The One Book My Mother Wouldn’t Share With Me
My mother was a voracious reader. She filled our house with stacks and stacks of books, overflowing in various corners, and all ripe for the taking. The built-in bookshelves were filled from head to toe with hard covers, soft covers with wrinkling spines, and piles of psychological prose. This was her shrine to words, and she shared it with everyone. There wasn’t a book my mother wouldn’t give me—except Brooklyn Pops Up. That one book was off-limits.
Weird, right? I mean, we are talking about an uber-intellectual woman. Boarding school, Columbia Grad, the works. The woman who taught English at Stuyvesant High School in Manhattan when she was just a few years older than the boys in her class. Why did a lady of literature hold on so tightly to a blue-covered pop-up book about the borough we lived in?
While my mother devoured books, it was somewhat challenging for me to read. I never really knew why, or had a diagnosis. I just knew that when I sat down to read like the rest of my family, my mind would wander. Chunks of time would pass, and I was still stuck on the same page. I could read, but early on I learned that I could listen better— and listening is how I advanced myself, in school and later, in my career. What I could not ascertain through the written word, I’d make up for through bionic listening. We all have our strengths.
But still, I felt like an outsider without my nose in a book. My sister would read for hours on end, but for me it never took. Not then anyway. I would stare at those bookcases, like wallpaper in our house—with the books covering almost every crevice, every corner, of the built-in shelves—and I would hope they would become my love too.
Yet, sometimes when I was little, I would curl up next to my mother on the bed and she would read aloud parts of Huckleberry Finn or other school-assigned books that I needed a narrator for. She did it with vibrato, like the actress she always wanted to be, and I was instantly taken away through the power of her voice. I listened to every word and every shift in intonation.
I got older and my parents traded their home for an apartment. They got rid of many heirlooms, but they still stacked their dwelling with endless books. When I’d visit, my mother, ever-hopeful, would gather a small pile of bestsellers and popular titles for me to take. She was like my own personal shopper—better than the library, and no late fees. That is how I began to read more.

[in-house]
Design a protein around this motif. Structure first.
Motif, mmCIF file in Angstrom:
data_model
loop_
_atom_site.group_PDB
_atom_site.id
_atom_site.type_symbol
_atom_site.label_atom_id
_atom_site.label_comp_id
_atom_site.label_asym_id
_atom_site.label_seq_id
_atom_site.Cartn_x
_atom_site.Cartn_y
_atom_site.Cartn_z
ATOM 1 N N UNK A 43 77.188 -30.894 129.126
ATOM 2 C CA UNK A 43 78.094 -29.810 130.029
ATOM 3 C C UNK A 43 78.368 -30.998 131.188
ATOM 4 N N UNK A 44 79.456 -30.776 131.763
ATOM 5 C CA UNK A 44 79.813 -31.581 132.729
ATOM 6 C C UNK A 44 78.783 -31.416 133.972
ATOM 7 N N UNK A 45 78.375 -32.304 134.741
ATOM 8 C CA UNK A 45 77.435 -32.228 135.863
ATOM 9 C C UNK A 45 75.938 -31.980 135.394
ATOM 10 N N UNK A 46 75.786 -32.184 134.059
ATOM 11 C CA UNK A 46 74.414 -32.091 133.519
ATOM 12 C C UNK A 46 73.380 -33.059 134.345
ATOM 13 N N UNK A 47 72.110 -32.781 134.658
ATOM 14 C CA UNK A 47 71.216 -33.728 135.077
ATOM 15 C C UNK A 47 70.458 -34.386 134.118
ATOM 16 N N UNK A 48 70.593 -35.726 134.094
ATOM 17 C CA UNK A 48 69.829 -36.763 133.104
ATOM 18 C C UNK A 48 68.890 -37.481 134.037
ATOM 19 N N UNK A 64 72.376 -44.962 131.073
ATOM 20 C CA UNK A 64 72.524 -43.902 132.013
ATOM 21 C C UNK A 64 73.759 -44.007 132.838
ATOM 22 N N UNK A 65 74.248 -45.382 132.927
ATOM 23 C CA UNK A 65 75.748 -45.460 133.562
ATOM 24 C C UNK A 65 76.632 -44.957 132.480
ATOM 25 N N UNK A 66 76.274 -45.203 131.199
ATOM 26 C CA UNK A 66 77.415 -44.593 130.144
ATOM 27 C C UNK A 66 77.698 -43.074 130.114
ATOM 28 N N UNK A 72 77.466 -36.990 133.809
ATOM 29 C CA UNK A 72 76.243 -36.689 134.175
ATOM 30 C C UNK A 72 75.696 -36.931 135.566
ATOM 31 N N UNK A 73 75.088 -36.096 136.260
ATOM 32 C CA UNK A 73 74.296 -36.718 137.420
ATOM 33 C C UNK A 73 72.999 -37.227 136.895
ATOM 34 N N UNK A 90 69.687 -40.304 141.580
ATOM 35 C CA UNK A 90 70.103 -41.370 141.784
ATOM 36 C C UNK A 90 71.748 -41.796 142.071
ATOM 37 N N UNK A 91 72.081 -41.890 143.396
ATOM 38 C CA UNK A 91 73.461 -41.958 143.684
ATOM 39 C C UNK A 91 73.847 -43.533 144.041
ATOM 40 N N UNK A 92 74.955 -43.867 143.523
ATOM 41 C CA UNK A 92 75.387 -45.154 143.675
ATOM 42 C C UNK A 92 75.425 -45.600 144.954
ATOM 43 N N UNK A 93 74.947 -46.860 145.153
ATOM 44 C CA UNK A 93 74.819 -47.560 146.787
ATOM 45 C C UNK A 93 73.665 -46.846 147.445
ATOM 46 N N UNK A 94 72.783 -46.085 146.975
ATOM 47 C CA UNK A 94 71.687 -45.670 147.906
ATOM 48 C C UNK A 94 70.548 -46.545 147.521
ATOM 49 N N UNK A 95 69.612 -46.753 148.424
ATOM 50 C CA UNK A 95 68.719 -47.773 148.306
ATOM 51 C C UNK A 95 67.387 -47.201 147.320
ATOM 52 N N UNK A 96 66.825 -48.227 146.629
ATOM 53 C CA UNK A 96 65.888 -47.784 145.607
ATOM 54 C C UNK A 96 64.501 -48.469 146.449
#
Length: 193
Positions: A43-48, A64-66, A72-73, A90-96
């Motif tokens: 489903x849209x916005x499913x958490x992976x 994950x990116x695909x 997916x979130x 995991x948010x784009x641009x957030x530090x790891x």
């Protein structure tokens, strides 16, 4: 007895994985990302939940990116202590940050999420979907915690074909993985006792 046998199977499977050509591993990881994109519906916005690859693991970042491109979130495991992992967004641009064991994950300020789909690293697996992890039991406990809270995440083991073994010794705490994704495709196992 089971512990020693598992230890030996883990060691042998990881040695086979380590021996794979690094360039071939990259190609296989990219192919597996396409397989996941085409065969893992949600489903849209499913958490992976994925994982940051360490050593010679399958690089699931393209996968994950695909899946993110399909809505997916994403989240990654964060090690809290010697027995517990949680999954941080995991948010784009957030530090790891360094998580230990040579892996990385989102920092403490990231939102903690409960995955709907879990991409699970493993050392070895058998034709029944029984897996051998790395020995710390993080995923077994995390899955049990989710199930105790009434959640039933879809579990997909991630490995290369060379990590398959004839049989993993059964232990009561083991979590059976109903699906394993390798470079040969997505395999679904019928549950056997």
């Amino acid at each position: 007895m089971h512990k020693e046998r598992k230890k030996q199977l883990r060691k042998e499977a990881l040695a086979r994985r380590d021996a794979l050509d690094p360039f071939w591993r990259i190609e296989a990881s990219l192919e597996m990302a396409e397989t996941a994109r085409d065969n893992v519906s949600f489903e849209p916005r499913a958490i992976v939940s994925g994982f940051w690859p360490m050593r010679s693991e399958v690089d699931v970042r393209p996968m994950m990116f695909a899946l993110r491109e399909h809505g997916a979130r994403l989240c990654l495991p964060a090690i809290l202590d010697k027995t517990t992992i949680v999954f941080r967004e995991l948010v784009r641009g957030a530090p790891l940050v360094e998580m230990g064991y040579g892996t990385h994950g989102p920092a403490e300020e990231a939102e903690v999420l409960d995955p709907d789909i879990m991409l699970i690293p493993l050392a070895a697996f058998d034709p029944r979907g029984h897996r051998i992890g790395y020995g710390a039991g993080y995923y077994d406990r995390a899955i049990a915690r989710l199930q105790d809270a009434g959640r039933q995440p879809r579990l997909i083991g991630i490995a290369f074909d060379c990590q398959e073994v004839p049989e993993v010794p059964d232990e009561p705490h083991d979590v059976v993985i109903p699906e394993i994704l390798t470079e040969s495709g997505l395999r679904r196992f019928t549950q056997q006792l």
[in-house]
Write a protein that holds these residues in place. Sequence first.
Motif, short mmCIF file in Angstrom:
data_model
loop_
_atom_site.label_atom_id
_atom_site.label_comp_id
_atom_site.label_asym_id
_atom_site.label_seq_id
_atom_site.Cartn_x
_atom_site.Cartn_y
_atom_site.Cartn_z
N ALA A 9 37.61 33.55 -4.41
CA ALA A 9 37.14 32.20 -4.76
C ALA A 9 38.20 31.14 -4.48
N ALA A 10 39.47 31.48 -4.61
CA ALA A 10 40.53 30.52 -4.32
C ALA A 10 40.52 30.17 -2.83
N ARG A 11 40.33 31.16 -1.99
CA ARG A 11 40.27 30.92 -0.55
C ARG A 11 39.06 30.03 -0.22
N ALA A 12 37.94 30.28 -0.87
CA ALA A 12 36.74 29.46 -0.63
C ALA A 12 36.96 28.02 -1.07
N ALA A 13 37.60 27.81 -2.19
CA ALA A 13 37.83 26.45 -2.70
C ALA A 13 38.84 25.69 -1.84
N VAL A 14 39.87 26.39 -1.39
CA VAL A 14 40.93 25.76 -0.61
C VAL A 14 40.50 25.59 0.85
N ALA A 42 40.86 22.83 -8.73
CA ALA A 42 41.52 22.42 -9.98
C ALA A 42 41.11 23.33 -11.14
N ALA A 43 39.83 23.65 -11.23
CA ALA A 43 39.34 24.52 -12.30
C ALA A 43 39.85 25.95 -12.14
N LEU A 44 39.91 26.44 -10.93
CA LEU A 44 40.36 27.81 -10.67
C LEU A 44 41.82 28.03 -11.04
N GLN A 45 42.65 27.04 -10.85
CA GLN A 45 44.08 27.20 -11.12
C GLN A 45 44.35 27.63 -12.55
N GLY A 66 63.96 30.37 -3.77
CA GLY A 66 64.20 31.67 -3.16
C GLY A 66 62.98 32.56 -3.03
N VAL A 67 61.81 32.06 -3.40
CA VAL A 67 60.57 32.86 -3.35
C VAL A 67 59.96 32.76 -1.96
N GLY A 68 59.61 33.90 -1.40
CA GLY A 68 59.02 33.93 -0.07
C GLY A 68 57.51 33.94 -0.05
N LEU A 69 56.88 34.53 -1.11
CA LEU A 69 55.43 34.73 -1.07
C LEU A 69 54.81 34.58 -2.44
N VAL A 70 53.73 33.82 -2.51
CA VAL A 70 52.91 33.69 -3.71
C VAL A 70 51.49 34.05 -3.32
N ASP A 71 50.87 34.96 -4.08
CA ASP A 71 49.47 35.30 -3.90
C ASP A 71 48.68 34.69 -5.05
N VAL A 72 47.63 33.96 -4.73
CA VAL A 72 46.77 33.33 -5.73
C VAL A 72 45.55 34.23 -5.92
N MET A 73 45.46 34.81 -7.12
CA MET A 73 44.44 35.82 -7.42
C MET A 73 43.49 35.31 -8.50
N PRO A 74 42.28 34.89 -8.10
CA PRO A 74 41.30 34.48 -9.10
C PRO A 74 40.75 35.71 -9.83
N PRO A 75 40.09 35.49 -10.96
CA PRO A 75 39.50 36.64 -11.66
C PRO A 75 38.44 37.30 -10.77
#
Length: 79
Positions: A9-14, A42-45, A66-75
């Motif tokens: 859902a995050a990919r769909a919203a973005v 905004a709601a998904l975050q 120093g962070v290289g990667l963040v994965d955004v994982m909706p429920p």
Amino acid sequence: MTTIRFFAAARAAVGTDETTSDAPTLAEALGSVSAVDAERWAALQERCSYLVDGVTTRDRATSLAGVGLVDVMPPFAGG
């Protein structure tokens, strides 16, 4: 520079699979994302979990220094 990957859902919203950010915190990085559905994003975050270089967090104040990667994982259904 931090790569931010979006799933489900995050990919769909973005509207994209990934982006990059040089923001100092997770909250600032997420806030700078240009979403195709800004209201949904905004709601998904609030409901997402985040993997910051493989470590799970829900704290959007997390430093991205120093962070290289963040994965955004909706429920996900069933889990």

When I became a teacher, I was, as ever, drawn to that pop-up book. After all, I taught in Brooklyn, where I had grown up. The book had big, perfectly designed pictures of popular landmarks that I could show to my students. The Wonder Wheel at Coney island, a slice of Junior’s famous cheesecake. All my favorite haunts, in one place—and in three dimensions.
“Can I have this one?” I asked, smiling with the book in my hand.
“No, not this one,” my mother said. “It is special.”
I was permitted to borrow the book for short stints, as long as it was encased in a plastic covering, like some old person’s furniture. I’d bring it to select classes and my students would huddle close as I explained each landmark and its significance and then allowed them to gaze at the pop-up picture. The students oohed and ahhed at each page. Then, as promised, I would return the book—and grab another paper back to devour on my own.
It seemed that through the years my mother was able to pick out books that I would enjoy. Soon, I began to read more. I even joined a book club. And years later my words and essays would find places in books of their own.
My mother and I began texting more as we got older. We found this is an easier form of communication for several reasons. A text from mom quickly became a text I looked forward to, always filled with praise and adulation and sometimes a cute little emoji—not bad for an octogenarian.
Last year, as the school year was winding down, the inconceivable happened. My mother passed away unexpectedly. Her endless words—all the words she had ever read to me— exploded in my mind. I couldn’t read or write—or do much of anything—for a while. But eventually, I needed to help sort through her things. I did not want to. Like a good book, I did not want her story to end.
And then there it was. Near all the psychology books and books on loss from her work as a psychoanalyst. That blue Brooklyn Pops Up book, still in its plastic covering, and slightly yellowed with time. I grabbed it and stashed it with a few other precious things.
Everything else still sits in a corner somewhere, but that book is on my desk. I look at it every day to remind me of the woman who first read to me,and whose voice is in the background of every book I read.
I will never know why Brooklyn Pops Up was so important to my mother. Perhaps it was because it is something she read to her grandchildren, maybe because it’s beautifully designed, or simply because it was filled with memories of her own five decades in the borough. But now, it is mine.
Since her passing, I haven’t had the strength to read it to my students. I fear I will break into tiny pieces when I think about the lifetime she spent so attached to words and stories. I take it in fragments. One picture at a time. Just as I did when I first learned to read. Just as she taught me to.
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